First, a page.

The Connection Between Health and the Ability to Learn

    • October 16, 2015

Originally posted: February 28, 2002
Last updated: October 2, 2015

Position at time of award: Superintendent, Rogers Independent School District; Rogers, Texas

Current Position: Retired

There are not enough words to express my deep admiration of Dr. Bonds. Her accomplishments are innumerable. Within 12 feet of the elementary school you will find our pride and joy—a health center where a child does not have to miss class to see a qualified doctor. Regardless of income, they all receive the same quality care—care that some of them might not receive if it were not for Dr. Bonds.—Community Resident

Dr. Bonds believes in working collaboratively across social and economic lines to achieve a healthy community. She has, through personal grit and determination, developed partnerships and alliances with the major actors in her region in support of community health programs. Dr. Bonds has taken many risks to address the needs of her students. She placed her professional credibility on the line to garner support for her school-based clinic. She has succeeded in a strong Bible-belt, rural community, where others have failed.—Regional Hospital Administrator

Dr. Bonds has faced breast cancer and defeated death while expending energy toward her goals. She is a global-thinking individual with the ability to inspire others to achieve to their greatest potential.—School Principal in Dr. Bonds' School District

Carol Ann Bonds, PhD, was the first person not directly involved in the health care field to receive the Robert Wood Johnson Community Health Leadership Award. However, her professional experience—mostly with children in low-income schools—has made her acutely aware of the connection between health and the ability to learn.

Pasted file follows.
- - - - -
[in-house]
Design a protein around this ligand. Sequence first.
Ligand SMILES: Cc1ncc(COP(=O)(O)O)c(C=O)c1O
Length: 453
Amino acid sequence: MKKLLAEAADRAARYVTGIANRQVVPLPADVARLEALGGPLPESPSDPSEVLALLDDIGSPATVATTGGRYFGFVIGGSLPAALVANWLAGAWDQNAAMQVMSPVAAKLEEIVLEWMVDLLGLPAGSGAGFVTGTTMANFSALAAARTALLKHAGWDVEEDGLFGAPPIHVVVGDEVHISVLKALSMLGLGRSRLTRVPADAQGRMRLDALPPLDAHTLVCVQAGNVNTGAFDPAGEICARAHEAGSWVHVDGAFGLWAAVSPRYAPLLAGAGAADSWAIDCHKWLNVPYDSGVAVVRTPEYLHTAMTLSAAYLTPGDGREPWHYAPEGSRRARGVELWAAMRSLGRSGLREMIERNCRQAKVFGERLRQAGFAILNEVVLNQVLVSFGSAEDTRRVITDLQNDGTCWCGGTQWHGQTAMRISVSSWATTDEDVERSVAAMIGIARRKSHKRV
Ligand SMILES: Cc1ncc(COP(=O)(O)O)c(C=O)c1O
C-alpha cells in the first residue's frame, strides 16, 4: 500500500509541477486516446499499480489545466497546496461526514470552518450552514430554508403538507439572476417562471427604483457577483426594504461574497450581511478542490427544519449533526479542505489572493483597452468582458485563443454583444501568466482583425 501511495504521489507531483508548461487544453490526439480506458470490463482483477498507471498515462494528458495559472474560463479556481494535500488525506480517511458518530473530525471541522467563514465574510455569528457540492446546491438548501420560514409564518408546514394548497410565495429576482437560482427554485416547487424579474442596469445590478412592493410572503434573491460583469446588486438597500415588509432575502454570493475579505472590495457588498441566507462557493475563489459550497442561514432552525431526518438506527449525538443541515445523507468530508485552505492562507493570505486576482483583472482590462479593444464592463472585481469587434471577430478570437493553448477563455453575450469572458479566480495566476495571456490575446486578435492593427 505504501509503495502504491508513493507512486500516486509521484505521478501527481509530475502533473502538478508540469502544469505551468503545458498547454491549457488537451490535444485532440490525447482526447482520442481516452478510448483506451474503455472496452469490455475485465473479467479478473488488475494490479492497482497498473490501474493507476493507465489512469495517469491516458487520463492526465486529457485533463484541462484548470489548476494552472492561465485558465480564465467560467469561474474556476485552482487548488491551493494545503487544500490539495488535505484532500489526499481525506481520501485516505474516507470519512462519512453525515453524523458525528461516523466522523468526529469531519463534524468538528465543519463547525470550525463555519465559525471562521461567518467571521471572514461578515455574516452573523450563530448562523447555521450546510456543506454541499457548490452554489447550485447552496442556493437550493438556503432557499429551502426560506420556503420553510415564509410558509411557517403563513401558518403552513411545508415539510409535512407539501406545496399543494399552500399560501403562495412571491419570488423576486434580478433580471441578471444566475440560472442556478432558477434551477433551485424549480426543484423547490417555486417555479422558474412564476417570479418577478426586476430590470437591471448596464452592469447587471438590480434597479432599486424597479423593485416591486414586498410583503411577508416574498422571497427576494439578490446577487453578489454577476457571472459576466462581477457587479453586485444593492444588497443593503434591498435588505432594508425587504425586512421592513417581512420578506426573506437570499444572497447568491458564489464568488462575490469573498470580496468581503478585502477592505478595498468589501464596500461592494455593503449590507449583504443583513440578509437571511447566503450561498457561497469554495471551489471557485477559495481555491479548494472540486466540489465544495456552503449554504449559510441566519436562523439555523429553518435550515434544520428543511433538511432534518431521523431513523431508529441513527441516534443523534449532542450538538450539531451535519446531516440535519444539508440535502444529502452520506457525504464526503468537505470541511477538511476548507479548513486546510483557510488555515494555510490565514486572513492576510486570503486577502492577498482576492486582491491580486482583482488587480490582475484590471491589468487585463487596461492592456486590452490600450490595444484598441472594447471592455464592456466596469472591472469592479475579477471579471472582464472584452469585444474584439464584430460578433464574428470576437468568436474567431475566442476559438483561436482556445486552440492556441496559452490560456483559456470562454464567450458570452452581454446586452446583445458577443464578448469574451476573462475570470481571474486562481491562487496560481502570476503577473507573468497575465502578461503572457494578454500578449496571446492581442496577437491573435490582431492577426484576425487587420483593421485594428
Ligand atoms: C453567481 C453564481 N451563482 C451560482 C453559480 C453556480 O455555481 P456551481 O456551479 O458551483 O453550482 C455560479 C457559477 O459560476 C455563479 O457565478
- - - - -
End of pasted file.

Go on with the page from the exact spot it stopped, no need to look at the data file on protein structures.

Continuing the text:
A desire to serve. Bonds grew up in the South, the child of social activists. Thus, leadership was almost a part of her genetic make-up. "I don't remember not being a part of some cause," she says. Whether inborn or taught, her desire to serve led her into the field of education. As a young adult, she became an elementary school teacher in Houston, Texas. After a hiatus of some years, during which she helped manage family businesses, she returned to teaching in 1981, landing a job in rural Holland, Texas. In 1989, she was made principal of Holland's elementary school.

Holland, like its neighbor district, Rogers, was among the poorest, most underserved communities of rural Texas. Children at her school suffered from high rates of chronic asthma, sore throats, ringworm, scabies, impetigo, and lice. A visiting nurse came for half a day each week, but mainly to monitor immunization schedules and hearing and vision problems. Many local families had no phones, no means of transportation, and no funds to buy medicines. There was no local physician, dentist, or health clinic, so Bonds took on the responsibility—and potential liability—of transporting children and their parents to the emergency room at Scott and White Hospital, 25 miles away, where they were seen despite their inability to pay. She brought in lab specimens and picked up prescriptions, often paying for them out of her own pocket.

However, all this travel soon became too time-consuming, especially after she was diagnosed with breast cancer (from which she has subsequently recovered). She knew she had to prepare for the time when she could no longer make her special, individual efforts to help others. She also knew that all her energy would have to go toward her own health and well-being.

From personal services to a school-based clinic. So she began to cast about for ways to bring health care closer to her community. Bonds had already created several health-related programs at her school. One was a school lunch program to address widespread malnutrition among her students. Another program, covering six school districts, provided personal care for profoundly disabled children. Still another countywide program offered help to pregnant teens. And yet another provided diagnosis and follow-up for children with attention deficit disorder or attention deficit hyperactivity disorder (ADD/ADHD).

With the strong sense of her own mortality providing a driving impetus, Bonds found an opportunity to bring all these programs together, and expand the web of services offered. She discovered that the Texas Department of Health was considering grant applications for school-based clinics. Bonds wrote a proposal, together with the superintendent of the neighboring Rogers School District, for a clinic that would serve not only students but the entire community. This unusual twist caught the proposal evaluator's eye—however, the grant required that a physician be on call to oversee operations. Bonds had only one weekend to find one.